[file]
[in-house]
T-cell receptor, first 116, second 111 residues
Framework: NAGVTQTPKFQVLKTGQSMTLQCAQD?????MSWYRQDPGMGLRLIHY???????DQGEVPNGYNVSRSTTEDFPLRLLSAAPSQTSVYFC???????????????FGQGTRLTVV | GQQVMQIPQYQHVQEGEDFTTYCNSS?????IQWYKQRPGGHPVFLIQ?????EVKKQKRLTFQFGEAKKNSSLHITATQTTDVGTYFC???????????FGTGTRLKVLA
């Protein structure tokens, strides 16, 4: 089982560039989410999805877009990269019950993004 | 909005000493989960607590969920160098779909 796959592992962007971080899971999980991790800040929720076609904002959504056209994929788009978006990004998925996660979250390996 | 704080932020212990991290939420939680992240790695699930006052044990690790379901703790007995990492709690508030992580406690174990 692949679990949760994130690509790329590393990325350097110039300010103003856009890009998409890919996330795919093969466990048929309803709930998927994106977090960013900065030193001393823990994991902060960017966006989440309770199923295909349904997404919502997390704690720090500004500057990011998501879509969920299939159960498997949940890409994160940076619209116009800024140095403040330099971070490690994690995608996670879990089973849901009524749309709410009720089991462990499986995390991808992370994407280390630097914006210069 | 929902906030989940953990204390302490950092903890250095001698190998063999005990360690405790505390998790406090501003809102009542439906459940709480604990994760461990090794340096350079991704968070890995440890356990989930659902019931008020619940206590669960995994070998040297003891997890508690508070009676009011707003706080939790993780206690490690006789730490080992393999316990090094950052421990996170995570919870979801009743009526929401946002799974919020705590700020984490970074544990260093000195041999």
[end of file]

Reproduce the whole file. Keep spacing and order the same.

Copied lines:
[in-house]
T-cell receptor, first 116, second 111 residues
Framework: NAGVTQTPKFQVLKTGQSMTLQCAQD?????MSWYRQDPGMGLRLIHY???????DQGEVPNGYNVSRSTTEDFPLRLLSAAPSQTSVYFC???????????????FGQGTRLTVV | GQQVMQIPQYQHVQEGEDFTTYCNSS?????IQWYKQRPGGHPVFLIQ?????EVKKQKRLTFQFGEAKKNSSLHITATQTTDVGTYFC???????????FGTGTRLKVLA
């Protein structure tokens, strides 16, 4: 089982560039989410999805877009990269019950993004 | 909005000493989960607590969920160098779909 796959592992962007971080899971999980991790800040929720076609904002959504056209994929788009978006990004998925996660979250390996 | 704080932020212990991290939420939680992240790695699930006052044990690790379901703790007995990492709690508030992580406690174990 692949679990949760994130690509790329590393990325350097110039300010103003856009890009998409890919996330795919093969466990048929309803709930998927994106977090960013900065030193001393823990994991902060960017966006989440309770199923295909349904997404919502997390704690720090500004500057990011998501879509969920299939159960498997949940890409994160940076619209116009800024140095403040330099971070490690994690995608996670879990089973849901009524749309709410009720089991462990499986995390991808992370994407280390630097914006210069 | 929902906030989940953990204390302490950092903890250095001698190998063999005990360690405790505390998790406090501003809102009542439906459940709480604990994760461990090794340096350079991704968070890995440890356990989930659902019931008020619940206590669960995994070998040297003891997890508690508070009676009011707003706080939790993780206690490690006789730490080992393999316990090094950052421990996170995570919870979801009743009526929401946002799974919020705590700020984490970074544990260093000195041999």